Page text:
The Illumination--Kevin Brockmeier

The Illumination is a book of seven short stories each linked at a single point through a single device.  It tells the story of a diary of love notes that passes from hand to hand and the stories of those individuals who receive the diary.

Beyond that, I have little to say for the novel.  It is well written.  There are parts that are compelling.  There are characters about whom you want to know more--but the necessarily brief space allotted each does not really allow for a deep understanding of each character.

I suppose I would speaking too strongly to say that I was disappointed in the book; but there is some truth to the statement.  It never seemed to gel for me in the way something like The Imperfectionists, which is constructed along the same lines, did.  The novel didn't seem to have so much an ending as a stopping point.  But I don't know what more I could have asked from it or form its unique device.  You see, the illumination is an event at which every human pain and injury suddenly becomes visible to all around.  Each wound, each illness, each pain shows through by the light it gives off.

Perhaps some of the disappointment isn't with the book so much as it is with the idea that this sudden change in things illicits no real change from the human beings whom it effects.  After a brief shift in perception, things return to much the way they were.  Here, injury and pain shines out and begs for consolation, and as human we develop new ways to shield ourselves from it, to politely deny it.  That observation in itself has a profound strain of truth--we are creatures who cannot accept too much pain.  We spend much of our lives seeking a remedy for our various bodily aches and pains--sometimes, depending upon the source of that relief, destroying the bodies themselves.  Our recourse to instantaneous relief of pain, often causing yet more damage.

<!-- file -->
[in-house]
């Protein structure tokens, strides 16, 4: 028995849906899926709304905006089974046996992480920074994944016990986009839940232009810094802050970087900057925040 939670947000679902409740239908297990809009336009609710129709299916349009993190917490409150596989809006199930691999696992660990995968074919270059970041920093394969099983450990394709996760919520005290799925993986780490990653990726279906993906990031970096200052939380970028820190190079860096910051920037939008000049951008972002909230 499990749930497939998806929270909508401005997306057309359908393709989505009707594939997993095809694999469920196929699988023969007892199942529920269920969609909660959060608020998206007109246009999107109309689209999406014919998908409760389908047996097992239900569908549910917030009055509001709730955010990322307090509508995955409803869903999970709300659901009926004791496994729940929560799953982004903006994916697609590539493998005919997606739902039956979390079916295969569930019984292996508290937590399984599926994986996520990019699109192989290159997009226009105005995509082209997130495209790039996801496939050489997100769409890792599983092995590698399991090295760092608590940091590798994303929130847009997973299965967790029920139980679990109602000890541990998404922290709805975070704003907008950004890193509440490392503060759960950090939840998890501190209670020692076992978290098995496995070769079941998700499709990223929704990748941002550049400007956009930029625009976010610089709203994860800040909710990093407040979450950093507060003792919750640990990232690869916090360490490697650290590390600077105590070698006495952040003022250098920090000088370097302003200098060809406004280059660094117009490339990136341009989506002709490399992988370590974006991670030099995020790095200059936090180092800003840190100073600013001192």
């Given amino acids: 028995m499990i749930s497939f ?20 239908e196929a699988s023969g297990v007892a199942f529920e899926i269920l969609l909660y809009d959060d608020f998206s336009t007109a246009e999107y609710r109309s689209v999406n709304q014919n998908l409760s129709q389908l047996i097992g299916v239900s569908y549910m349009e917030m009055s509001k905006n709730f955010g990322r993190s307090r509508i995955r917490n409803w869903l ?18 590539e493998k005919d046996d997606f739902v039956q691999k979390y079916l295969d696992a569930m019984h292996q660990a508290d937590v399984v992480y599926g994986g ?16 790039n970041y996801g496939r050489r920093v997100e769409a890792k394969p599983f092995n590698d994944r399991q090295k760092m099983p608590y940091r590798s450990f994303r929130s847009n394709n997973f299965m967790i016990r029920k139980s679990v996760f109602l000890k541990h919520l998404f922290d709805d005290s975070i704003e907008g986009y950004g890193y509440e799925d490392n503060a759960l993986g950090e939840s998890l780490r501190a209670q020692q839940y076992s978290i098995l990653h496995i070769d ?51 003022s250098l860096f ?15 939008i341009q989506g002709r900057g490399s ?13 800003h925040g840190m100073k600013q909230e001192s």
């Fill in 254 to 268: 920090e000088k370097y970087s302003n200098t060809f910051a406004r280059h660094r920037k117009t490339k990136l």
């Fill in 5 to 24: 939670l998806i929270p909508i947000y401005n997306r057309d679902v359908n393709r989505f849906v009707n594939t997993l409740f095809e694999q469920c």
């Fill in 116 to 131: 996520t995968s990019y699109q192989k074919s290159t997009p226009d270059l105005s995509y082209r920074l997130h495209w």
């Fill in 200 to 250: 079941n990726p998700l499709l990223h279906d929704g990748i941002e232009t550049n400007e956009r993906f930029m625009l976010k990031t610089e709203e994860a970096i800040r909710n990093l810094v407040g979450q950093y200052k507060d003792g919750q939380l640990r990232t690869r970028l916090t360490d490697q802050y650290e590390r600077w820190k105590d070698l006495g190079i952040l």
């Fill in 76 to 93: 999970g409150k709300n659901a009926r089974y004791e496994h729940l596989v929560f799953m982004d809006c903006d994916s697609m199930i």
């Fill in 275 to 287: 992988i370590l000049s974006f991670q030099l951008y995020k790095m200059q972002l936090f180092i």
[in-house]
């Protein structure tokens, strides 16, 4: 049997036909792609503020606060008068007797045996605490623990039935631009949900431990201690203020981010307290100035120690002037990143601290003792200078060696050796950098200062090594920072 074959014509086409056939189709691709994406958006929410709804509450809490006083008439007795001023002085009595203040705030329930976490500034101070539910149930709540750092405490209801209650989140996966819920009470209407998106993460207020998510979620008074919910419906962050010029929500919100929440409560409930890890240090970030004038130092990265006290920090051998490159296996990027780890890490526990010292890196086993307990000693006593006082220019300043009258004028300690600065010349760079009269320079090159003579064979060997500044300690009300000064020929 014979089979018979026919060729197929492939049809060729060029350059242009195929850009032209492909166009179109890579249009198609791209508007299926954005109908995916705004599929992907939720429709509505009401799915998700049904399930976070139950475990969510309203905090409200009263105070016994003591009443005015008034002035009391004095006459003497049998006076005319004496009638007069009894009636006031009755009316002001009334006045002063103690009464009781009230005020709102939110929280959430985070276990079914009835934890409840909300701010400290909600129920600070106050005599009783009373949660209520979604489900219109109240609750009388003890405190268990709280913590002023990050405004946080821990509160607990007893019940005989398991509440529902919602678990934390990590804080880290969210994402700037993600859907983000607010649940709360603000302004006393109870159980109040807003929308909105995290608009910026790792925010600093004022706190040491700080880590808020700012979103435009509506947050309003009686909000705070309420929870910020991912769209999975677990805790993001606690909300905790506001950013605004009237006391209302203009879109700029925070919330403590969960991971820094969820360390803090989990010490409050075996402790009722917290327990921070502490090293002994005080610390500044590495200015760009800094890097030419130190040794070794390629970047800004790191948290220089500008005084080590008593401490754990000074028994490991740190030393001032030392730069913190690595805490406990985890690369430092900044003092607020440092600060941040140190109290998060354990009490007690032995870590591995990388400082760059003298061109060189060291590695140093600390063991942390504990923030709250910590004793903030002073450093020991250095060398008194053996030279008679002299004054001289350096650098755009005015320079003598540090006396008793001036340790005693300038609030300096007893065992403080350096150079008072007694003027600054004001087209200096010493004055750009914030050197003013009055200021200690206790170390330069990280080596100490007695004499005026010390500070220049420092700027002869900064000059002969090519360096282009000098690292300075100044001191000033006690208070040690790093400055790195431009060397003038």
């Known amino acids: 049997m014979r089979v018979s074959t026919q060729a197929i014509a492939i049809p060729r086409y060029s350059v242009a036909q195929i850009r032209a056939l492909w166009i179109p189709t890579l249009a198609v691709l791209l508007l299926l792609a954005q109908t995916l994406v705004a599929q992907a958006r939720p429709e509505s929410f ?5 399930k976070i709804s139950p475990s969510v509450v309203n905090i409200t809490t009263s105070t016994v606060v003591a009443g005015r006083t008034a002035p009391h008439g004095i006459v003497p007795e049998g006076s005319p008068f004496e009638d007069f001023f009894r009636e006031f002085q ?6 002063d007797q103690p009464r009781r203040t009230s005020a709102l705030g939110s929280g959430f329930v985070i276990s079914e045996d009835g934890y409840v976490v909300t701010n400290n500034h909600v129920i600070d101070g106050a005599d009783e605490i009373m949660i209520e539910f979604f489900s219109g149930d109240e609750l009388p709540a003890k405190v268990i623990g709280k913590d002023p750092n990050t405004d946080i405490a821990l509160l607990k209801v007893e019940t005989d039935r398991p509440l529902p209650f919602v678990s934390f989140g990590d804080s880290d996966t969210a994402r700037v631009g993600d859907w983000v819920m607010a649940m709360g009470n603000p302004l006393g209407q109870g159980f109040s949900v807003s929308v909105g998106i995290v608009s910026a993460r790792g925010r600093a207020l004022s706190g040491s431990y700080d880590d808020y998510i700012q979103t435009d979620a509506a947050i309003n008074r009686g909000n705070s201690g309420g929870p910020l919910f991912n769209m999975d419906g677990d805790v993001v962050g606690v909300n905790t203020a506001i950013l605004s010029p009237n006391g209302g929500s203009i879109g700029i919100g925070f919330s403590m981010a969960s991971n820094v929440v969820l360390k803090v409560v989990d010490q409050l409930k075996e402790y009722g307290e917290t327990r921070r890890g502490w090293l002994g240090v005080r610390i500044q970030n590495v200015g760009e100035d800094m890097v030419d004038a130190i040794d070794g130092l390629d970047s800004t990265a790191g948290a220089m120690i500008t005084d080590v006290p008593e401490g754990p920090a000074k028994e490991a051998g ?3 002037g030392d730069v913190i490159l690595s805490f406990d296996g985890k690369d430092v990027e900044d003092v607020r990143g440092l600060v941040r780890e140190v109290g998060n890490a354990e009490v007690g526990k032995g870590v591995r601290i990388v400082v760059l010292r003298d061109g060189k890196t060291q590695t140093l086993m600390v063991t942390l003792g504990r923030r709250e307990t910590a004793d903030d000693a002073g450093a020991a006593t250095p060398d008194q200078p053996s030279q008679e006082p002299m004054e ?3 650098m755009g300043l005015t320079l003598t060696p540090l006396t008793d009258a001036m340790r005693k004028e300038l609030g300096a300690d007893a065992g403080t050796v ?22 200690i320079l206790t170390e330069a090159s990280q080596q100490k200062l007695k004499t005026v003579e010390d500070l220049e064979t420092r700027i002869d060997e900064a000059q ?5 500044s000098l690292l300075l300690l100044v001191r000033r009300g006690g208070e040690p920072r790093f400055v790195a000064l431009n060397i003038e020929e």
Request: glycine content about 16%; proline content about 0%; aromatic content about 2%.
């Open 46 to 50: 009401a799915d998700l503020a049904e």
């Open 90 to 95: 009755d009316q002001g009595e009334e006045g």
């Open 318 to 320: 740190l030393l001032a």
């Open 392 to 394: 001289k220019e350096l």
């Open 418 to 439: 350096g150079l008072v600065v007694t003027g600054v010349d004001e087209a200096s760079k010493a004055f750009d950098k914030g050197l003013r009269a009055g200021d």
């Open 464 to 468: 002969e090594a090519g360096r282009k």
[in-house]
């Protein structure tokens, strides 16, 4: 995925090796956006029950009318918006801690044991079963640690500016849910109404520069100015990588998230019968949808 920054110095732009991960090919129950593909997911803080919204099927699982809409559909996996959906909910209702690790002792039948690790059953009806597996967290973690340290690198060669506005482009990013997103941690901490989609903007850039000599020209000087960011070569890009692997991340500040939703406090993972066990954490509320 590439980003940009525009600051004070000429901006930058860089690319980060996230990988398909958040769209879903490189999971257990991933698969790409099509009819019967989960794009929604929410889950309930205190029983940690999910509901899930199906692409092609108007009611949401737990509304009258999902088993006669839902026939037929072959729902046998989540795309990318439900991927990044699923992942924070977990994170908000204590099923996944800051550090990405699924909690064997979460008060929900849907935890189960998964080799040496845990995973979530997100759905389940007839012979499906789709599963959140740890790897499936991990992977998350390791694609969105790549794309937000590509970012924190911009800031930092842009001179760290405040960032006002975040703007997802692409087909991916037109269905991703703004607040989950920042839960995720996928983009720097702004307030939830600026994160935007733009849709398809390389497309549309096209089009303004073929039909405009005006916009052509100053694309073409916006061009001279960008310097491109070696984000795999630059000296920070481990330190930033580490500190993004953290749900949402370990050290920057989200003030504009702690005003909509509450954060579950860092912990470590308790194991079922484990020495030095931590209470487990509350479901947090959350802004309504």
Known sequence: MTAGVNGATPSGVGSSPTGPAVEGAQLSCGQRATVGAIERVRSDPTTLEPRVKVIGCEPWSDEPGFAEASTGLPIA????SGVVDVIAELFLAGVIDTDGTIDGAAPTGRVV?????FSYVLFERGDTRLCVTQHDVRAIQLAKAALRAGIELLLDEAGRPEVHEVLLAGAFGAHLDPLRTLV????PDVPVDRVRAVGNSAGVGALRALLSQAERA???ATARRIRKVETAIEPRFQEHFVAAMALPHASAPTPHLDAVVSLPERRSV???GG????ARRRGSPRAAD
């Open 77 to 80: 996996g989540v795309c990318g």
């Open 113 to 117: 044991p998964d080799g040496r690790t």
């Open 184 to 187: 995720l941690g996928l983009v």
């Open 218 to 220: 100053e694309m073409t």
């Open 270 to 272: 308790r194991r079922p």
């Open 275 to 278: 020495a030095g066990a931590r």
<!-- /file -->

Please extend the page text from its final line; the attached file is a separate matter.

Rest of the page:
So, in sum, the stories and characters are interesting, the plot device compelling, but the novel never seems to come together as a complete story--it never really has a resolution.  And the two devices of illumination and diary seem almost too much for a single book.  All that said, the book is fine writing, and perhaps I am overly harsh in my view of it.



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